Barometers of Health
Toenails often serve as barometers of our health; they are diagnostic tools providing the initial signal of the presence or onset of systemic diseases. For example, the pitting of nails and increased nail thickness can be manifestations of psoriasis. Concavity – nails that are rounded inward instead of outward – can foretell iron deficiency anemia. Some nail problems can be conservatively treated with topical or oral medications while others require partial or total removal of the nail. Any discoloration or infection on or about the nail should be evaluated by a podiatric physician.
Ingrown nails, the most common nail impairment, are nails whose corners or sides dig painfully into the soft tissue of nail grooves, often leading to irritation, redness, and swelling. Usually, toenails grow straight out. Sometimes, however, one or both corners or sides curve and grow into the flesh. The big toe is usually the victim of this condition, but other toes can also become affected.
Ingrown toenail may be caused by:
Improperly trimmed nails (Trim then straight across, not longer than the tip of the toes. Do not round off corners. Use toenail clippers.)
Shoe pressure; crowding of toes Repeated trauma to the feet from normal activities If you suspect an infection due to an ingrown toenail, immerse the foot in a warm salt water soak, or a basin of soapy water, then apply an antiseptic and bandage the area. People with diabetes, peripheral vascular disease, or other circulatory disorders must avoid any form of self treatment and seek podiatric medical care as soon as possible. Other “do-it-yourself” treatments, including any attempt to remove any part of an infected nail or the use of over-the-counter medications, should be avoided. Nail problems should be evaluated and treated by your podiatrist, who can diagnose the ailment, and then prescribe medication or another appropriate treatment.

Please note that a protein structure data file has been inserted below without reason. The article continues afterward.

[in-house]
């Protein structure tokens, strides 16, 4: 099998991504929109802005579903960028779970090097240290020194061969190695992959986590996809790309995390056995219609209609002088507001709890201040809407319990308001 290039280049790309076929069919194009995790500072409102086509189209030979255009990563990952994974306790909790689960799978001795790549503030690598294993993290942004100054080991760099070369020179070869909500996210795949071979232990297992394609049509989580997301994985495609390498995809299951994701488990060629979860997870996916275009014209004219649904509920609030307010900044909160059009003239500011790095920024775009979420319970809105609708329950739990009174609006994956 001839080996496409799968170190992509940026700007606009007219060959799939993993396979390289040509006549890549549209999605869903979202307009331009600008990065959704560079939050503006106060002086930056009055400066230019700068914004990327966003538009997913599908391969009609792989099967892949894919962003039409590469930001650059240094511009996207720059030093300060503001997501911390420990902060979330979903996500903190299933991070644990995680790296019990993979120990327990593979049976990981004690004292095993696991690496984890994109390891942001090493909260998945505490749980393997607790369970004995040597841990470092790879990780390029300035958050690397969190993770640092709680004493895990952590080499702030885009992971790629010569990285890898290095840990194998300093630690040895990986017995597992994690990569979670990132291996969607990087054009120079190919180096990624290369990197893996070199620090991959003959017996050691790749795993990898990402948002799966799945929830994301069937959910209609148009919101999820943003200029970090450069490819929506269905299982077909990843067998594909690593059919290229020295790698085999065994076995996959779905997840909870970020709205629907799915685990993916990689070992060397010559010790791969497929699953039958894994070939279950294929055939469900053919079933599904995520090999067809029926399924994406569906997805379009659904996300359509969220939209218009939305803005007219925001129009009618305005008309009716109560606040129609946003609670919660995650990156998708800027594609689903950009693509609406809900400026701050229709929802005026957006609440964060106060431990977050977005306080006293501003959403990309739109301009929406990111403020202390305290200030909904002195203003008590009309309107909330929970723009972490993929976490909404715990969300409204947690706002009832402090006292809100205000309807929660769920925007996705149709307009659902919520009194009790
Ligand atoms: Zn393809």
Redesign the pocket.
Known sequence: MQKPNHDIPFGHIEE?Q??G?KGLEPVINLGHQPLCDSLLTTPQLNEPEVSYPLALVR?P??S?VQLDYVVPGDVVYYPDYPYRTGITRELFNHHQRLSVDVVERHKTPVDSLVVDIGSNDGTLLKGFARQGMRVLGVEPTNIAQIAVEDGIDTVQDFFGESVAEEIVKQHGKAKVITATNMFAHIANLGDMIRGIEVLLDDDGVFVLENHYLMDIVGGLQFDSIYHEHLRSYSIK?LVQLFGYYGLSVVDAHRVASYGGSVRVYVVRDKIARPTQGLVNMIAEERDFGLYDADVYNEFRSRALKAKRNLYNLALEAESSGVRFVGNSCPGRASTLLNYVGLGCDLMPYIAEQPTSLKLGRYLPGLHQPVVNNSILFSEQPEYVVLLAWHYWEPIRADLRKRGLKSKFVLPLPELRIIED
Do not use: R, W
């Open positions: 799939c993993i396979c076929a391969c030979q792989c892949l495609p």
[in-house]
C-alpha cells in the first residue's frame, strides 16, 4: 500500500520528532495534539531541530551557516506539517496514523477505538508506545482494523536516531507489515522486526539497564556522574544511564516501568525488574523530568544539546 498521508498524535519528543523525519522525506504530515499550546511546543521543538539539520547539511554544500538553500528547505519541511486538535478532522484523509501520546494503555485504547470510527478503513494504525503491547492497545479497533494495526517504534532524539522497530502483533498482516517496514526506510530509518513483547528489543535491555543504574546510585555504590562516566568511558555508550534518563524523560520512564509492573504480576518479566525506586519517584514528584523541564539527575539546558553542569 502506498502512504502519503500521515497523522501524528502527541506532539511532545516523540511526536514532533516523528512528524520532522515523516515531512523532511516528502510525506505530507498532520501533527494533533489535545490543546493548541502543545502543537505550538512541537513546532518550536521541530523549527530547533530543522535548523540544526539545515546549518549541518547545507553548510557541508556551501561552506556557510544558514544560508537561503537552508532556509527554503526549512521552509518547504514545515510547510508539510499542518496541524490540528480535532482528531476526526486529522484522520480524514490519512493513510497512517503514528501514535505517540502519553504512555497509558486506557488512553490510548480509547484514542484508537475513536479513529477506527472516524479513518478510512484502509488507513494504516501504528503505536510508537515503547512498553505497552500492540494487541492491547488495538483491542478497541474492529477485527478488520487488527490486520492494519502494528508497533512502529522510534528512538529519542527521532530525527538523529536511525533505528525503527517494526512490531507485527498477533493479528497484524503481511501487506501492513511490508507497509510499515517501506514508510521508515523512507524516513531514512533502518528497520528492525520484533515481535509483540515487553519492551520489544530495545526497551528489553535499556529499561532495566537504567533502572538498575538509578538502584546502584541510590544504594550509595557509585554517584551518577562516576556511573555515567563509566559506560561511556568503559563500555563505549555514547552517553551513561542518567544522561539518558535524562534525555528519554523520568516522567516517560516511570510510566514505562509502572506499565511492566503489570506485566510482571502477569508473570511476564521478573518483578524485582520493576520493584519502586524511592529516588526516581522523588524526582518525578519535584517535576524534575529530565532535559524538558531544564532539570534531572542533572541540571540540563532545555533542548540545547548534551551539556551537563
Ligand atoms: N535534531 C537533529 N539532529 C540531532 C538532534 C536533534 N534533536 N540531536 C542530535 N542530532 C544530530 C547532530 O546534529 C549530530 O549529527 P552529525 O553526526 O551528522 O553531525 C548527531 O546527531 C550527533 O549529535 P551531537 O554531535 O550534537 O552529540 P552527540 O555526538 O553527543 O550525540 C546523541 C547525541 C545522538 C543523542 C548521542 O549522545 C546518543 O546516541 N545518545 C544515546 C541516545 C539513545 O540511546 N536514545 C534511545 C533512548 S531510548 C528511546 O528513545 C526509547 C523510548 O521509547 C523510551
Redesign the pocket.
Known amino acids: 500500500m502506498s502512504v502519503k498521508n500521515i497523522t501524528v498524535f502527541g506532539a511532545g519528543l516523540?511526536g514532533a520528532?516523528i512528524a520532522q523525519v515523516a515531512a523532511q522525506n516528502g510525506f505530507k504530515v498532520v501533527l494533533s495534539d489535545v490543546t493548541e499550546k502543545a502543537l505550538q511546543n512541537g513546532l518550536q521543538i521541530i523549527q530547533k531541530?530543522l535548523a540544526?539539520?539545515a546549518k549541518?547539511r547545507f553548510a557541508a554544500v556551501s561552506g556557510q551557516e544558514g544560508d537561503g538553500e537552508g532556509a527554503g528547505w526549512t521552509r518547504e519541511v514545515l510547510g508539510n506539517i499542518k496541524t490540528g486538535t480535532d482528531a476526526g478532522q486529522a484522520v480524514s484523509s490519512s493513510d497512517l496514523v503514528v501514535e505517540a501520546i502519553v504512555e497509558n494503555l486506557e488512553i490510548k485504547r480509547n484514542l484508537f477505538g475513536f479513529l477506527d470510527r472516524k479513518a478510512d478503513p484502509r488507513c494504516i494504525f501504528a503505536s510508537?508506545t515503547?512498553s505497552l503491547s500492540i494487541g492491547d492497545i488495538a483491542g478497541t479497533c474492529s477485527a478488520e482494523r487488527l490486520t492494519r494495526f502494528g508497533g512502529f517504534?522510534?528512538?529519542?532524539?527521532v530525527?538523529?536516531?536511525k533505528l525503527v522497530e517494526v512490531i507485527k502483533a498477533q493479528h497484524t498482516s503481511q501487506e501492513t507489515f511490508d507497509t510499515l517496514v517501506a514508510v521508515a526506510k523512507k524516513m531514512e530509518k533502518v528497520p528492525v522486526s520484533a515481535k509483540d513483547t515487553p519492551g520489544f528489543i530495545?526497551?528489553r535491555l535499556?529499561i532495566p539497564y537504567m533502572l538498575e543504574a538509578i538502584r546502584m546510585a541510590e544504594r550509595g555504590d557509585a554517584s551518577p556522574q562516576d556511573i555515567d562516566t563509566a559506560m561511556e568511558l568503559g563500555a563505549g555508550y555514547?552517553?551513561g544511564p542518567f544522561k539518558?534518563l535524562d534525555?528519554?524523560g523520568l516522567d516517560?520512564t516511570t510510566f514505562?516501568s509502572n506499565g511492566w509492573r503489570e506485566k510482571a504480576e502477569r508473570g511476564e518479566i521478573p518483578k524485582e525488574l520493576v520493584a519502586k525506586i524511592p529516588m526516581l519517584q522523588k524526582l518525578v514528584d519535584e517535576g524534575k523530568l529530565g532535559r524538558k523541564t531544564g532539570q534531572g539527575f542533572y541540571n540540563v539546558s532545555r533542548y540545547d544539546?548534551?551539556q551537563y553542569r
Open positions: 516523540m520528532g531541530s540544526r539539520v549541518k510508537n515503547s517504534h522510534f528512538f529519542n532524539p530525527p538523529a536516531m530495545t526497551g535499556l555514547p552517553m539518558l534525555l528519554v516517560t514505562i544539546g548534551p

A podiatrist will resect the ingrown portion of the nail and may prescribe a topical or oral medication to treat the infection. If ingrown nails are a chronic problem, your podiatrist can perform a procedure to permanently prevent ingrown nails. The corner of the nail that ingrows, along with the matrix or root of that piece of nail, are removed by use of a chemical, a laser, or by other methods.
Fungal infection of the nail, or onychomycosis, is often ignored because the infection can be present for years without causing any pain. The disease is characterized by a progressive change in a toenail’s quality and color, which is often ugly and embarrassing.
In reality, the condition is an infection underneath the surface of the nail caused by fungi. When the tiny organisms take hold, the nail often becomes darker in color and foul smelling. Debris may collect beneath the nail plate, white marks frequently appear on the nail plate, and the infection is capable of spreading to other toenails, the skin, or even the fingernails. If ignored, the infection can spread and possibly impair one’s ability to work or even walk. This happens because the resulting thicker nails are difficult to trim and make walking painful when wearing shoes. Onychomycosis can also be accompanied by a secondary bacterial or yeast infection in or about the nail plate.